and one spokesman for the families pointed out that no
government had ever done anything for them in a hundred years
living on land that didn't legally belong to them.

For their part, it was clear that the government officials
were sincerely interested in helping the community, but their
political agenda kept them from seeing either the complexity
or the patronizing aspects of this task.

    From our perspective, the census was one example of the
    modernizing project undertaken by the Chavez government in an
    attempt to legitimate a higher level of government
    intervention in everyday life than Venezuela has previously

A much larger example is the media reform law enacted just
before Christmas, which was designed to weaken the power of
the right-wing media conglomerates that dominate mass media in
Venezuela; the methods, however, include the establishment of
a regulatory apparatus that the Chavistas themselves say is
largely modeled on the FCC in the US.

In the case of the community of families we met, the practical
implications of this project may well be positive: the law
allows them to take possession of their land, and obtain
government grants and low-interest loans that should improve
their livelihoods. The flipside of this process, however, is a
large scale expansion of both state power and market-based
economic relations; the families we met were far from fully
integrated into the market economy, as their food production
was in significant part subsistence-focused. Whatever the
benefits of incorporating as a cooperative, it seemed certain
that the process would draw them further into exchange
relations, as a higher percentage of their agricultural
product will be sold in order to pay off their new loans.

The Chavista Project in Practice: Community Organizing

After the discussion with the families was finished, we headed
along with our acquaintance to the nearest large city, Ciudad
Guayana, where a conference of community organizations was
taking place. The conference was one of several regional
gatherings in advance of a national convention of community
organizations held near Caracas in December; the participants
were delegates from dozens or possibly hundreds of grassroots
urban and rural neighborhood groups in the eastern part of the
country. We attended one afternoon of the conference, sitting
in on a plenary session featuring report-backs from small

The materials prepared for the conference described the
process as the result of a provision in the new constitution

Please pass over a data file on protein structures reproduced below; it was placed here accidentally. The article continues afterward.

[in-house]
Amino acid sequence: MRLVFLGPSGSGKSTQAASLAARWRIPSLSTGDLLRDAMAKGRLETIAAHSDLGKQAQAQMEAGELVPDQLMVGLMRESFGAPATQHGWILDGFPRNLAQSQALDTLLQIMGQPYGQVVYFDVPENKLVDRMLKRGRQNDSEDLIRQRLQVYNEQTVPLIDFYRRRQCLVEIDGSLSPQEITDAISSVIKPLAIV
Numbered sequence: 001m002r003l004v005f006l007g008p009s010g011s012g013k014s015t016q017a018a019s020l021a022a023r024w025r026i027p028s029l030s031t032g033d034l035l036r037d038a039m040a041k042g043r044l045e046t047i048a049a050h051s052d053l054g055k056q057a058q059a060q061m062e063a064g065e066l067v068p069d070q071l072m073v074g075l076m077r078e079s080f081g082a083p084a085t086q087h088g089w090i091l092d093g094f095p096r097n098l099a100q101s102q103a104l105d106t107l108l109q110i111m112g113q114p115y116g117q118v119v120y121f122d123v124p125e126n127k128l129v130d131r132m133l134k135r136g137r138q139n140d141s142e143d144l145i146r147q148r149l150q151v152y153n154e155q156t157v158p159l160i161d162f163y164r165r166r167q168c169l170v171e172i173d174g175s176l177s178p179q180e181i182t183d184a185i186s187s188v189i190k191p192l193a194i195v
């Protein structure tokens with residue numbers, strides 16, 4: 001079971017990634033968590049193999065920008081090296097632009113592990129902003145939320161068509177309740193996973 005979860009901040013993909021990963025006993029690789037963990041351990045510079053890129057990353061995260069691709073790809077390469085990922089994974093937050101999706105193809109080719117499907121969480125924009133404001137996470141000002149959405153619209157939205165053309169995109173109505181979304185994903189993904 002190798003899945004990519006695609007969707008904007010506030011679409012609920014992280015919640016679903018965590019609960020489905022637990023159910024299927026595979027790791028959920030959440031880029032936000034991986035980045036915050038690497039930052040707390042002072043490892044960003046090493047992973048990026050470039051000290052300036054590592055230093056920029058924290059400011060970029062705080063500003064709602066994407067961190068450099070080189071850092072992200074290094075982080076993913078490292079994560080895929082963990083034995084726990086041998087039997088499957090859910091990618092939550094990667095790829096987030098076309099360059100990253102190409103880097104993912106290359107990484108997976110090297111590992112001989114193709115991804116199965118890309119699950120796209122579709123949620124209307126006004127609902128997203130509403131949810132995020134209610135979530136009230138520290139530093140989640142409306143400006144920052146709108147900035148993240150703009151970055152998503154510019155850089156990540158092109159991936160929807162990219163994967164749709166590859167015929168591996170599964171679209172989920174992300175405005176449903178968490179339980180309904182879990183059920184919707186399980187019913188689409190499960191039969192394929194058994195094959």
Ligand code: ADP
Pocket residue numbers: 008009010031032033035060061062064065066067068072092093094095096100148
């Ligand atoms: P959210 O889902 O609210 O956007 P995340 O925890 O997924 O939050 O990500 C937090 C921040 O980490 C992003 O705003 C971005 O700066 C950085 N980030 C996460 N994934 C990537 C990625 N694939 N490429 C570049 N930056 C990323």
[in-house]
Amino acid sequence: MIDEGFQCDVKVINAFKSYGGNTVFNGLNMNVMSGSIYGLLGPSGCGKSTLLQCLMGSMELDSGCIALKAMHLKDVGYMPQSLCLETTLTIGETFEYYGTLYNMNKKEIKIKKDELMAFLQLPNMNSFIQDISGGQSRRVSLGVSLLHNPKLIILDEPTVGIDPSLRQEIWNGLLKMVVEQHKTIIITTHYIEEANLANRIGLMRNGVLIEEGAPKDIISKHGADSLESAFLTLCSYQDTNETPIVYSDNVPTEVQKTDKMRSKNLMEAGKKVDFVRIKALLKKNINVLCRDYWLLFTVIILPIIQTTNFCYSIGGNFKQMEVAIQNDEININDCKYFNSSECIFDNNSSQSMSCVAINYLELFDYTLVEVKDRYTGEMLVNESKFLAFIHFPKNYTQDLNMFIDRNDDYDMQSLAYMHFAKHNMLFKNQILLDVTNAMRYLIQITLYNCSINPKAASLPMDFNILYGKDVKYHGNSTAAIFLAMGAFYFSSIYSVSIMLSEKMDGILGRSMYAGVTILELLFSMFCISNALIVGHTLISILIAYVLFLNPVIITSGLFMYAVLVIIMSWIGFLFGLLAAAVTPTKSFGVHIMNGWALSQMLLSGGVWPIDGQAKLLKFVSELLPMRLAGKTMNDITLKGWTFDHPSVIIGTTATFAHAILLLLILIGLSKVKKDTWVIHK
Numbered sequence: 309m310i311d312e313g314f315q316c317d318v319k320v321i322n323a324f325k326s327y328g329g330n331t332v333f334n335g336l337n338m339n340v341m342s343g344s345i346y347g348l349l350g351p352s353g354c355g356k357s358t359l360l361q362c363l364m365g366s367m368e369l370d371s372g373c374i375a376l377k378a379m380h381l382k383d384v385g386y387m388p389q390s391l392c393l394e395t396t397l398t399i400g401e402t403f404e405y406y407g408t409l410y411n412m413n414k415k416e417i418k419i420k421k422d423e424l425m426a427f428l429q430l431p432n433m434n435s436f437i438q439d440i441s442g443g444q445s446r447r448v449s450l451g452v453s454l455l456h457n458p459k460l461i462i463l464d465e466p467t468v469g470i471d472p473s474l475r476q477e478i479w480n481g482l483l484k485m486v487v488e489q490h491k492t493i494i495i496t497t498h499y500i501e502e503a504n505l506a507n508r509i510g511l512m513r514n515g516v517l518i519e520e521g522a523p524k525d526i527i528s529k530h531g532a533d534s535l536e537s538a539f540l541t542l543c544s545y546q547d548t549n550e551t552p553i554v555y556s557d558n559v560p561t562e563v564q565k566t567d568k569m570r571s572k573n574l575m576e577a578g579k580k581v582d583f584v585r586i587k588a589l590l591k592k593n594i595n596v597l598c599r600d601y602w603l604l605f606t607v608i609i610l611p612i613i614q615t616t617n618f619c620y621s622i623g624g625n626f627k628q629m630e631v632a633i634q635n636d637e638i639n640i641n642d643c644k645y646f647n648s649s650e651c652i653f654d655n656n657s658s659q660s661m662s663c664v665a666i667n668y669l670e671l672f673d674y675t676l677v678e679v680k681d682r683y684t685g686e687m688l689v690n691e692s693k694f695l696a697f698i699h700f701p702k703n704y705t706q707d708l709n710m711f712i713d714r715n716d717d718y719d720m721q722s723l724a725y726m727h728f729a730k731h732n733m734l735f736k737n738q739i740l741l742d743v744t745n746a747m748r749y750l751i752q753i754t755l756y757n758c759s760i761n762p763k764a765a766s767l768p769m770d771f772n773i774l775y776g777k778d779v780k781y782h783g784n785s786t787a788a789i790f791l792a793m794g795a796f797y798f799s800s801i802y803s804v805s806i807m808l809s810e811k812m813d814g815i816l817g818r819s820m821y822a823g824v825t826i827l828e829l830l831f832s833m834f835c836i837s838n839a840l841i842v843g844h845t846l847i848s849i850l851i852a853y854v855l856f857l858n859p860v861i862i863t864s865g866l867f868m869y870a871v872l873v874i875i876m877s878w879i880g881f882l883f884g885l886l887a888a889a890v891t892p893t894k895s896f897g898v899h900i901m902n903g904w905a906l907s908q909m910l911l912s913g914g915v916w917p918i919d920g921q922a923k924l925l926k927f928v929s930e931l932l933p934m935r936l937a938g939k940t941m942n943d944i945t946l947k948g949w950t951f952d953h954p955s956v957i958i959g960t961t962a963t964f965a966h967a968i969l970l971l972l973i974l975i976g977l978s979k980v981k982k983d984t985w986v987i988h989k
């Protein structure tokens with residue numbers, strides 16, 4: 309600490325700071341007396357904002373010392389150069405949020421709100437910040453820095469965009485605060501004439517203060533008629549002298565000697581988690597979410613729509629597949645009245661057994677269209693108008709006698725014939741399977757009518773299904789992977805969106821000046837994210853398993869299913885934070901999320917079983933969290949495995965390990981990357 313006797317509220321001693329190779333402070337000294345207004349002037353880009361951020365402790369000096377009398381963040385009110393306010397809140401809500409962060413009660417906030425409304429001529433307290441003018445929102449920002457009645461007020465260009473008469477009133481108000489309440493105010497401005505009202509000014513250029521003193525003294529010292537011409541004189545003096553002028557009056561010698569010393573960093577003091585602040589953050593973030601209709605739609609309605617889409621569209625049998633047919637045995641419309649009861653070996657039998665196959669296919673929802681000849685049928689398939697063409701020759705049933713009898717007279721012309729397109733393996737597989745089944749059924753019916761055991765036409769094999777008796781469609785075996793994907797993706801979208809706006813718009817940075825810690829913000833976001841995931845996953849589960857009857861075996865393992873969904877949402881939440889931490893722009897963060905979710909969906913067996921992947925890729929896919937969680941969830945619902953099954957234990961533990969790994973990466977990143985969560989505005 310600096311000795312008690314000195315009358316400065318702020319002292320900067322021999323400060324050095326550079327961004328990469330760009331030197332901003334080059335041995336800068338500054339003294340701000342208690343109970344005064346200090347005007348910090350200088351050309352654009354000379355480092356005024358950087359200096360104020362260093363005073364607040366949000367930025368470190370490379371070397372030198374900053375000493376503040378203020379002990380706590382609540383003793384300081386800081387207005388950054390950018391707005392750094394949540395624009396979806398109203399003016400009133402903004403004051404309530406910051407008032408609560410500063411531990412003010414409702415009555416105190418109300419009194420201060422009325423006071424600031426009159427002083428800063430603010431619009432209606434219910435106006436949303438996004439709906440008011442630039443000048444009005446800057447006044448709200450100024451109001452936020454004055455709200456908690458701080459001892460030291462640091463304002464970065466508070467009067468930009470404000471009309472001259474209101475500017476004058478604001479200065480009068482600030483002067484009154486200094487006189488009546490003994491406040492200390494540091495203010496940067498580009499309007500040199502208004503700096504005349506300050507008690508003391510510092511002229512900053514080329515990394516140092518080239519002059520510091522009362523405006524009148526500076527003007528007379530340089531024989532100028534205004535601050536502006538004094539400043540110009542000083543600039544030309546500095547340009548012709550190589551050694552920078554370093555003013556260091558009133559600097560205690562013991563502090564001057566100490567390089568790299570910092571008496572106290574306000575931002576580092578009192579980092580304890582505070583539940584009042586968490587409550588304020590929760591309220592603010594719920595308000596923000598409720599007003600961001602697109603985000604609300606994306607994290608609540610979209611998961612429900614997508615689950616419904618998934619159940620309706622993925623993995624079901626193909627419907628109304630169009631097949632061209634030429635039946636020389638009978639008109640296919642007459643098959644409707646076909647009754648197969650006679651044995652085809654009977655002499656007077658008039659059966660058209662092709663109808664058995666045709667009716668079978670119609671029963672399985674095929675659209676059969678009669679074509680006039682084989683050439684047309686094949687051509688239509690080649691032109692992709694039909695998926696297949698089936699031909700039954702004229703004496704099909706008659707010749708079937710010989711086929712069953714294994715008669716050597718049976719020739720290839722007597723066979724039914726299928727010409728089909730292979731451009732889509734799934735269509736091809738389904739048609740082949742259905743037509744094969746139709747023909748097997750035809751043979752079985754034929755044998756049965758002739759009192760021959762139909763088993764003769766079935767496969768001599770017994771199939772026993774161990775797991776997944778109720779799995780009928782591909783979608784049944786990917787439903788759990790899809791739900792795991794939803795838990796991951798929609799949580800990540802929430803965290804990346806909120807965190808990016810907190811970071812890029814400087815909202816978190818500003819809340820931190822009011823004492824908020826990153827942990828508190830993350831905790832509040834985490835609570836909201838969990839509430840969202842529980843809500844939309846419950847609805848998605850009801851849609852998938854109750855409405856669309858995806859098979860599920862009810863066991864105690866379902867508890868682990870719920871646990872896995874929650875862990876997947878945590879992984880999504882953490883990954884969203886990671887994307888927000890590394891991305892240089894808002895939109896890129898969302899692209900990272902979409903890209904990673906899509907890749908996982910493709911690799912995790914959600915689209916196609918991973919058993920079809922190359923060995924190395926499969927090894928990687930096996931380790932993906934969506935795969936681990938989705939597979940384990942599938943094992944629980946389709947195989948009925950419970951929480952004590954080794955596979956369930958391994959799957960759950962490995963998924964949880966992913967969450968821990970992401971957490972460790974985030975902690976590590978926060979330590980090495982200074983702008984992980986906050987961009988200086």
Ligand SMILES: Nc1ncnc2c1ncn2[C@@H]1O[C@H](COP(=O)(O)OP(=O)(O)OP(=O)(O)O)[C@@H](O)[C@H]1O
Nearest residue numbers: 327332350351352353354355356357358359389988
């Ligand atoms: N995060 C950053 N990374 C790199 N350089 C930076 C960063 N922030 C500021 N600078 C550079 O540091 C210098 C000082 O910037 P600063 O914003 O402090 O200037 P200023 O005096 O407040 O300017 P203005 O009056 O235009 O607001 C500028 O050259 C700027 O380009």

that demanded the participation of autonomous community groups
in the development of national domestic policy. In theory any
community organization in the country could participate in
this process, regardless of political affiliation. In
practice, it was clear that the majority of participants were
more or less Chavistas, while the opposition seemed to have
either largely refused, or been excluded from, participating.
Nonetheless, there was no single party line, and the
report-back included a fair bit of debate on political and
strategic questions. At the very least, during our short
encounter, the delegates appeared to be mostly everyday
people, rather than ideologues or functionaries, and they
displayed a level of enthusiasm that indicated they felt
empowered to make decisions for themselves.

From our perspective, the entire process encapsulated the
grand contradiction of the Chavista project: on the one hand,
it was designed from the top down, the result of a
constitutional directive rather than a grassroots demand,
while at the same time the process was being used by a variety
of working class communities to further a range of demands and
build a network of solidarity that in principle at least could
develop well outside the control of the Chavez government.

Much of Venezuela's future depends upon whether experiments
like this one become safety valves that limit social unrest or
breeding grounds that expand demands for community

The Chavista Project in Practice: Bolivarian Schools and the

The Venezuelan government has gained widespread attention
through the implementation of social reforms in the areas of
education and healthcare. Many of these programs have been
able to run successfully with the help of personnel, donated
materials, and other resources from Cuba. These literacy and
medical programs, called "Misiones" (Missions), provide
services to poor and working class neighborhoods and
communities in all parts of Venezuela.

Mision Barrio Adentro works in collaboration with the Cuban
government to bring Cuban doctors to the poorest sectors of
Venezuelan society. These volunteer doctors, who intentionally
live within the barrios, provide door-to-door medical visits
and operate free clinics in these communities. We were able to
interview a few of these doctors in Caracas and they
emphasized the harsh reality that these low-income
neighborhoods have been ignored for years without access to a